The position would pay in the $40,000 range per year and is fully funded already, Gleason said.
'Strong sense of justice'
Westmont sophomore Sydney Mize created a petition on change.org to draw more attention to the issue. The petition had garnered nearly 1,900 signatures as of Tuesday.
Her parents are happy about her participation.
"We are very proud of Sydney," her father, John Mize, said. "She has always had a strong sense of justice, of right and wrong, and she wants to be instrumental in fixing this oversight by the WHSD school board."
John Mize added that he agrees with his daughter and the others who've signed the online document about the need for an SRO or SPO in the district.
"My niece and nephew, and our community of children, deserve this protection, at the bare minimum," Billie Whorl wrote on the petition. "A SRO is a start. Westmont needs to also address the glass doors in each classroom and a metal detector. This was a blaring wake up call."
"If this district can spend over $8 million on a brand new football field, it certainly has the funds for a SRO and metal detectors," Kristen Snider added to her signature. "The WH School Board has an obligation to our children and our community to re-prioritize."
"It is time WHSD look for a full-time SPO," Malika Karunaratne wrote. "Please fill the SPO position school board voted on 12/03/2020 immediately. Thank you to Chief (Don) Hess for stepping up to supplement the district's safety needs."
Upon hearing the news about the security breach at the school and subsequent findings by police, John Mize said he "had visions of my kids cowering in class — or worse, attending their funerals."
"I am the pastor of Westmont (United Methodist Church) and I could have easily been presiding over funerals or providing grief counseling," he said.
Mize said the community needs to band together to "stand up and make sure the schools board acts."
He said: "Even the slightest hesitation on their part should be reflected in votes against them in the next election."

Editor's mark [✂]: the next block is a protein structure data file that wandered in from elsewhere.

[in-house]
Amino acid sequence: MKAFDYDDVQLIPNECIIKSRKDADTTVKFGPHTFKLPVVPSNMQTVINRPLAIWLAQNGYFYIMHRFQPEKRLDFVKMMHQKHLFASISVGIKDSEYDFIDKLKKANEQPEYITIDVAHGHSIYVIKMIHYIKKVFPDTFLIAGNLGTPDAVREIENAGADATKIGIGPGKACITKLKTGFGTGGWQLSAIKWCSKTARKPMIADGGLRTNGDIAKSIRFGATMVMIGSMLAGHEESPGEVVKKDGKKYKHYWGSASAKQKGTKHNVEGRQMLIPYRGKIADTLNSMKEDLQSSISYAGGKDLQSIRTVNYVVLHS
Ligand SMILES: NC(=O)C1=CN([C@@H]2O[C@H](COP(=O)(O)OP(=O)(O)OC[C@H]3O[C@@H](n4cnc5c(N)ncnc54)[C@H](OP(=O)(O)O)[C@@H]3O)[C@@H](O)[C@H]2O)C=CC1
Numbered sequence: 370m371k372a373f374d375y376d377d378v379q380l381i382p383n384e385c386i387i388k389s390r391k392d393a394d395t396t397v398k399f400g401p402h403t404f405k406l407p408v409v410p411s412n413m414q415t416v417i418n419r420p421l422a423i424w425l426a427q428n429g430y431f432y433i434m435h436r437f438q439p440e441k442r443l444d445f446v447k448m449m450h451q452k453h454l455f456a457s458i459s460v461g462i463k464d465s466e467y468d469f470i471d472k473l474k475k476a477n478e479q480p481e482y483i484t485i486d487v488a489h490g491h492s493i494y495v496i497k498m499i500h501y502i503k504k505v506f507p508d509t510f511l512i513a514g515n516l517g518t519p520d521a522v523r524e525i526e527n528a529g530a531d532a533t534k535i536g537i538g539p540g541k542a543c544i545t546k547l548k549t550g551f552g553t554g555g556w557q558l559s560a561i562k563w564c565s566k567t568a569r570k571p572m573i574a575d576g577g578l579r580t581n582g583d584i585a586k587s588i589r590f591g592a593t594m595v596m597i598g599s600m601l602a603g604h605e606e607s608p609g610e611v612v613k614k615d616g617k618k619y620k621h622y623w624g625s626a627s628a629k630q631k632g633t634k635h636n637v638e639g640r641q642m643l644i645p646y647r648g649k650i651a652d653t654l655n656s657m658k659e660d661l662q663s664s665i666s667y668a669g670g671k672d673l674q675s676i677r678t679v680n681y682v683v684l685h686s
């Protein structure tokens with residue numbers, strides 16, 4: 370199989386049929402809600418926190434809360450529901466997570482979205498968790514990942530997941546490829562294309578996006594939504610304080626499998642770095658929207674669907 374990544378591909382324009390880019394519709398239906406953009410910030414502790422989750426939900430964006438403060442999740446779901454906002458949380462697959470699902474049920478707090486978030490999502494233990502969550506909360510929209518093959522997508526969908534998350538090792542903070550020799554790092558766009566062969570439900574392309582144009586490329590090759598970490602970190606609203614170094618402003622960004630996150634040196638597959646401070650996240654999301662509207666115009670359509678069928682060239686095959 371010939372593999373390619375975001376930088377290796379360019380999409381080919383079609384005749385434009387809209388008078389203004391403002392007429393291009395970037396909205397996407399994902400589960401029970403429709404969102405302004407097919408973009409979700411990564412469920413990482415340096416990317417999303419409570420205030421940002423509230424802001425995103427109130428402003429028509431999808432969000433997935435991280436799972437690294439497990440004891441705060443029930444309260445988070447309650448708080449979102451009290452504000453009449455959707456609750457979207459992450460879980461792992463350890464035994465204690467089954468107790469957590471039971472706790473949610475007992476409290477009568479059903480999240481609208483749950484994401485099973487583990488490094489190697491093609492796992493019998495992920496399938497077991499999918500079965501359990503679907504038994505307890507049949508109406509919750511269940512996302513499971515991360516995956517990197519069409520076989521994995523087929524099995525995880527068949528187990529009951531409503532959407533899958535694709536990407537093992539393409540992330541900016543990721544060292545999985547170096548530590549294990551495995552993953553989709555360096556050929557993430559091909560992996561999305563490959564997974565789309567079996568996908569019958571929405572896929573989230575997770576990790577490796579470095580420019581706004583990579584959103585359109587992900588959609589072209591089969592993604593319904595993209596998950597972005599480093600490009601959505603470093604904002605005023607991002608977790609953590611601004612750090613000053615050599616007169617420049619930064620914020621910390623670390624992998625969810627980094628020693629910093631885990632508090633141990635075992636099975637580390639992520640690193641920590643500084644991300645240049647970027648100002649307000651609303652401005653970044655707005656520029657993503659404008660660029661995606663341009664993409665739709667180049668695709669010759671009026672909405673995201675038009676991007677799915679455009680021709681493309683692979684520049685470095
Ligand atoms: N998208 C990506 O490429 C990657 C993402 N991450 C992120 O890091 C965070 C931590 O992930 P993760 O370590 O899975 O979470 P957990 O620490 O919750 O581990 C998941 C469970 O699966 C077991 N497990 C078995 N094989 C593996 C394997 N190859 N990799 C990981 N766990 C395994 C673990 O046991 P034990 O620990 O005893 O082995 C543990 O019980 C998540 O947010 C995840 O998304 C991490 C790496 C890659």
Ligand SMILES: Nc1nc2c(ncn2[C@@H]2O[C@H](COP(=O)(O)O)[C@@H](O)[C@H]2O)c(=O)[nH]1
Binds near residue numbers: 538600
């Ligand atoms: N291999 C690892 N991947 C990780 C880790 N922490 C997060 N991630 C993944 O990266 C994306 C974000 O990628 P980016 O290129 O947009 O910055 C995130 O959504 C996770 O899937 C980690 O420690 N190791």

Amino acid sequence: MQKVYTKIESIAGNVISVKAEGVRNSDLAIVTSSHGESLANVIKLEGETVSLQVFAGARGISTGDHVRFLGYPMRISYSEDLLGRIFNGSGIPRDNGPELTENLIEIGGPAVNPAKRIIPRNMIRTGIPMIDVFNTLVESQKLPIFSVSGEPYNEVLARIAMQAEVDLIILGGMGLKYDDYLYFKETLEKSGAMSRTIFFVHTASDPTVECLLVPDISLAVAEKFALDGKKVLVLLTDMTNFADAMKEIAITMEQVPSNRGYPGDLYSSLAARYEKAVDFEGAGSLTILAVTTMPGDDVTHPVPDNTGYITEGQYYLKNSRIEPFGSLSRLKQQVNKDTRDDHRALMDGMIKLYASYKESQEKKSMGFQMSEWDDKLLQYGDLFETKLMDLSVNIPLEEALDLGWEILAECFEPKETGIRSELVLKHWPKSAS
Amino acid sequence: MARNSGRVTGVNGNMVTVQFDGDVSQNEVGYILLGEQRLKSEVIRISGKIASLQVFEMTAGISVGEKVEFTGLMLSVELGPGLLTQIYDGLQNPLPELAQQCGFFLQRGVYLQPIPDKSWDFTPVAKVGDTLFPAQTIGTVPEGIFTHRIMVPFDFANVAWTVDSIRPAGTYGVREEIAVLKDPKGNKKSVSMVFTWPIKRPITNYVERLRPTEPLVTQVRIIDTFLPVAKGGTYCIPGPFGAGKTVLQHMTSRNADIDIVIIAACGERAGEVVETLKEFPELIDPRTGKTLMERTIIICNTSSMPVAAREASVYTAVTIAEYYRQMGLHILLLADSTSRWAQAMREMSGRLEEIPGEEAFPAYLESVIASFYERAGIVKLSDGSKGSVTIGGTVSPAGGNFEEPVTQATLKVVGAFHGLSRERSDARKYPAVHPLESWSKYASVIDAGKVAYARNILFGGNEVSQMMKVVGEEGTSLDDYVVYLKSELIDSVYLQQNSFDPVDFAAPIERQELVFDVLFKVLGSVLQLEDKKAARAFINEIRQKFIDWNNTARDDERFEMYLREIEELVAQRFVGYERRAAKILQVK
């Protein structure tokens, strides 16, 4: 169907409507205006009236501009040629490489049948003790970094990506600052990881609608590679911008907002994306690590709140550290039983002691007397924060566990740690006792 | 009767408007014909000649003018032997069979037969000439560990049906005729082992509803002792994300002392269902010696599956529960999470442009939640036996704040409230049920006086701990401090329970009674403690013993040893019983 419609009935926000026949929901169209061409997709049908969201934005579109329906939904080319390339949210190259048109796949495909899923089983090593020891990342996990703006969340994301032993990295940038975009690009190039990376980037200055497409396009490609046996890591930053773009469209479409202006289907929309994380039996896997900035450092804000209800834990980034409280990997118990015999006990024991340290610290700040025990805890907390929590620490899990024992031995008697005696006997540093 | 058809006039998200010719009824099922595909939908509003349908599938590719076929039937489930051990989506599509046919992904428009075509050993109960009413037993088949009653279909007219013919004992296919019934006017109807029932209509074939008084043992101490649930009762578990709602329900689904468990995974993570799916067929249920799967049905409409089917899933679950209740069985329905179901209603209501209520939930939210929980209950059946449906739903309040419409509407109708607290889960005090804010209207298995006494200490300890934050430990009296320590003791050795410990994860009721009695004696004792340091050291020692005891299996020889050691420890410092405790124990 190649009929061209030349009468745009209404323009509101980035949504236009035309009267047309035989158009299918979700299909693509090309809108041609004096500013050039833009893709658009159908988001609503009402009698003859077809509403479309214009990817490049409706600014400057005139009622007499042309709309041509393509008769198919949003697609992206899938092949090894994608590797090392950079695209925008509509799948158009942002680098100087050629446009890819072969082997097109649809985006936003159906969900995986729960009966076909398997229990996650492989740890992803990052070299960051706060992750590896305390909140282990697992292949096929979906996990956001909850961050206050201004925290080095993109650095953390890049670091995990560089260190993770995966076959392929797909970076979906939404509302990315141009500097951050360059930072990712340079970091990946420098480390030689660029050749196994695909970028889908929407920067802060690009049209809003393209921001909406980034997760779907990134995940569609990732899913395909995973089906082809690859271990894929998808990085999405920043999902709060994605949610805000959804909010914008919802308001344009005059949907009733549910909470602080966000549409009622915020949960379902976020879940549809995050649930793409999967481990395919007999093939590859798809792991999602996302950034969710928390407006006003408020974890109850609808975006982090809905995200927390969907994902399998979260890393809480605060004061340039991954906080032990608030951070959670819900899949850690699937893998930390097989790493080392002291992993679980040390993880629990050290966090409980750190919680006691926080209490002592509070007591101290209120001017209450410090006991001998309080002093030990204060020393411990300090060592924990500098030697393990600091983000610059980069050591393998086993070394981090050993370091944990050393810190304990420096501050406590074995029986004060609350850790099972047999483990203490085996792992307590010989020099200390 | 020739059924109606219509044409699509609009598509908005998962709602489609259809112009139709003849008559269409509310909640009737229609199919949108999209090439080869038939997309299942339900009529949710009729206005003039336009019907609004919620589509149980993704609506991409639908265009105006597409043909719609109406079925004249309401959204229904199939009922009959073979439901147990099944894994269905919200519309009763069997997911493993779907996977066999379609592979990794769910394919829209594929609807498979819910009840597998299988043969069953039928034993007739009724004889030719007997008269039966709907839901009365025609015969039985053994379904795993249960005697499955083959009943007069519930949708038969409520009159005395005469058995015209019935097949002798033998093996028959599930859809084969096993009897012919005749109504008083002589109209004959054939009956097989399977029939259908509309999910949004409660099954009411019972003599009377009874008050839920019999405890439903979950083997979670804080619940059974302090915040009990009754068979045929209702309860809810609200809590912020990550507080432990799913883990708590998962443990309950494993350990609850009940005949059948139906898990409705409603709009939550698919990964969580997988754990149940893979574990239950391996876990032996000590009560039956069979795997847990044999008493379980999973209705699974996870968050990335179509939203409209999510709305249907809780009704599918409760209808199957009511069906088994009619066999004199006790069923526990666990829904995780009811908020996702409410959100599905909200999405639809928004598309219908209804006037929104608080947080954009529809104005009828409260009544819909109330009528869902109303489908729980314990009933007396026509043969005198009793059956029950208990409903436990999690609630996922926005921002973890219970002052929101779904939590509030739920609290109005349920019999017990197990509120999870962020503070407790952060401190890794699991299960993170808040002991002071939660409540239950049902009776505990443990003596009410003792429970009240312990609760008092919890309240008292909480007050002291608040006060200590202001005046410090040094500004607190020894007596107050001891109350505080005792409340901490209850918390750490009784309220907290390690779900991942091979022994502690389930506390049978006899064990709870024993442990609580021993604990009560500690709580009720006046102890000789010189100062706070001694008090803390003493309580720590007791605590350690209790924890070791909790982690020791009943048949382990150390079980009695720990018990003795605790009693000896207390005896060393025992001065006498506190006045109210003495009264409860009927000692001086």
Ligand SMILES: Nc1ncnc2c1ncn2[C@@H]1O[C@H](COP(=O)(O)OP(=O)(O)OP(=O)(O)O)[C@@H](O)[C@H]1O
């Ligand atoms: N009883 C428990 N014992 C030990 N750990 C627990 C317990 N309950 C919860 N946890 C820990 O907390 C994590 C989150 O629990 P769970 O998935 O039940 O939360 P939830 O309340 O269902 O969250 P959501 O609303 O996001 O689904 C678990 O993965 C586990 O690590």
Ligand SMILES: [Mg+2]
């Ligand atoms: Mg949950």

Gleason said the school district and board aren't "resting on any laurels," although he is pleased with how the system worked in this situation.
Until an SPO can be hired, the district has worked out a deal to pay Upper Yoder Township police to staff an officer at the high school until at least Dec. 23, when the holiday break begins, and is in talks to continue that service after the students come back or they bring an SPO on.
West Hills police are also providing increased surveillance at the elementary school, Gleason said.
Westmont school district has a $14,000-per-year contract through 2023 with Gittings Protective Security Inc., of Ebensburg, for threat preparedness consulting services.
Vince Mock, a threat preparedness consultant with the company, said what the agency does is "work with the district to develop emergency operations, ongoing training and help them develop threat assessment teams, and we conduct risk and vulnerability assessments of their building."
There's a risk and vulnerability assessment done once every two years and ongoing training.
A Gittings representative attends the safe school committee meetings, and district officials can call with any questions.
Mock couldn't comment on how Pringle breached security with Hinebaugh's help, but said in his opinion, administrators acted appropriately in response.
The Westmont school board held an executive session for personnel matters on Monday — a session that lasted about 45 minutes, Gleason said.
The next committee meeting will be Jan. 13 and the regular meeting is set for Jan. 20, both at the high school.
No special meetings are planned for before those gatherings.